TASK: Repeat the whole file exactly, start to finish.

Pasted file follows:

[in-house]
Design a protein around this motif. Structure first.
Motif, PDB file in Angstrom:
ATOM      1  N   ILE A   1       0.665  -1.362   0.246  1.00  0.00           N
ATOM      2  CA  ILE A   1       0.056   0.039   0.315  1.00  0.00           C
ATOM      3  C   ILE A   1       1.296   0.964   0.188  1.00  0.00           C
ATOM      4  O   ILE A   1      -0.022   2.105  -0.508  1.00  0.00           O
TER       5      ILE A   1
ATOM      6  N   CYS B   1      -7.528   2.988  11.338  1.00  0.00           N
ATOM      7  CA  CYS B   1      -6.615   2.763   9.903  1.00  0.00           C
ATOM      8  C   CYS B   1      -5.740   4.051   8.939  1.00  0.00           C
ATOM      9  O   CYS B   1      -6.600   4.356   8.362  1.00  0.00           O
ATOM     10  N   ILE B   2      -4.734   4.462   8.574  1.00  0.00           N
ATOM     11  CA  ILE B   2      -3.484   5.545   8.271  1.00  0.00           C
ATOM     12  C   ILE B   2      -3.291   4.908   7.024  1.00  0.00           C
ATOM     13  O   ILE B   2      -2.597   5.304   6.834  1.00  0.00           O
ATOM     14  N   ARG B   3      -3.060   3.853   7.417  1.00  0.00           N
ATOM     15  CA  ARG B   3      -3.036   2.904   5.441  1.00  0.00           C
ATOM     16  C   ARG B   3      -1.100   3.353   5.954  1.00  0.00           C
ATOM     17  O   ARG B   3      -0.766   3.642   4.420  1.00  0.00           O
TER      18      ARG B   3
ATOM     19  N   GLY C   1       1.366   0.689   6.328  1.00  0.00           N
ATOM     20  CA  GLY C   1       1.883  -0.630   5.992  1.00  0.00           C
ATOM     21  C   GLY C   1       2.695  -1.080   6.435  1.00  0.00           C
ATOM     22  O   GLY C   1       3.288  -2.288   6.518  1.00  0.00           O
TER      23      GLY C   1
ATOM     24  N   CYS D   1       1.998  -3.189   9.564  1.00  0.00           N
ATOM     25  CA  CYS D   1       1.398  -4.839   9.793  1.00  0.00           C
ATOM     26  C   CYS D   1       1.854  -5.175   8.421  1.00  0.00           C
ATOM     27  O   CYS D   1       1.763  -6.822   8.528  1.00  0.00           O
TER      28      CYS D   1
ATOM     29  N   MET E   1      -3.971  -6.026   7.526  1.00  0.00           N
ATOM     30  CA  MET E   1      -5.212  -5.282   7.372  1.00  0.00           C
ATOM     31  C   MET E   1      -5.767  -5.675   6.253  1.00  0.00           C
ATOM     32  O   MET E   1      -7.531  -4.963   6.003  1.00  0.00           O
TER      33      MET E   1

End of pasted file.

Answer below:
[in-house]
Design a protein around this motif. Structure first.
Motif, PDB file in Angstrom:
ATOM      1  N   ILE A   1       0.665  -1.362   0.246  1.00  0.00           N
ATOM      2  CA  ILE A   1       0.056   0.039   0.315  1.00  0.00           C
ATOM      3  C   ILE A   1       1.296   0.964   0.188  1.00  0.00           C
ATOM      4  O   ILE A   1      -0.022   2.105  -0.508  1.00  0.00           O
TER       5      ILE A   1
ATOM      6  N   CYS B   1      -7.528   2.988  11.338  1.00  0.00           N
ATOM      7  CA  CYS B   1      -6.615   2.763   9.903  1.00  0.00           C
ATOM      8  C   CYS B   1      -5.740   4.051   8.939  1.00  0.00           C
ATOM      9  O   CYS B   1      -6.600   4.356   8.362  1.00  0.00           O
ATOM     10  N   ILE B   2      -4.734   4.462   8.574  1.00  0.00           N
ATOM     11  CA  ILE B   2      -3.484   5.545   8.271  1.00  0.00           C
ATOM     12  C   ILE B   2      -3.291   4.908   7.024  1.00  0.00           C
ATOM     13  O   ILE B   2      -2.597   5.304   6.834  1.00  0.00           O
ATOM     14  N   ARG B   3      -3.060   3.853   7.417  1.00  0.00           N
ATOM     15  CA  ARG B   3      -3.036   2.904   5.441  1.00  0.00           C
ATOM     16  C   ARG B   3      -1.100   3.353   5.954  1.00  0.00           C
ATOM     17  O   ARG B   3      -0.766   3.642   4.420  1.00  0.00           O
TER      18      ARG B   3
ATOM     19  N   GLY C   1       1.366   0.689   6.328  1.00  0.00           N
ATOM     20  CA  GLY C   1       1.883  -0.630   5.992  1.00  0.00           C
ATOM     21  C   GLY C   1       2.695  -1.080   6.435  1.00  0.00           C
ATOM     22  O   GLY C   1       3.288  -2.288   6.518  1.00  0.00           O
TER      23      GLY C   1
ATOM     24  N   CYS D   1       1.998  -3.189   9.564  1.00  0.00           N
ATOM     25  CA  CYS D   1       1.398  -4.839   9.793  1.00  0.00           C
ATOM     26  C   CYS D   1       1.854  -5.175   8.421  1.00  0.00           C
ATOM     27  O   CYS D   1       1.763  -6.822   8.528  1.00  0.00           O
TER      28      CYS D   1
ATOM     29  N   MET E   1      -3.971  -6.026   7.526  1.00  0.00           N
ATOM     30  CA  MET E   1      -5.212  -5.282   7.372  1.00  0.00           C
ATOM     31  C   MET E   1      -5.767  -5.675   6.253  1.00  0.00           C
ATOM     32  O   MET E   1      -7.531  -4.963   6.003  1.00  0.00           O
TER      33      MET E   1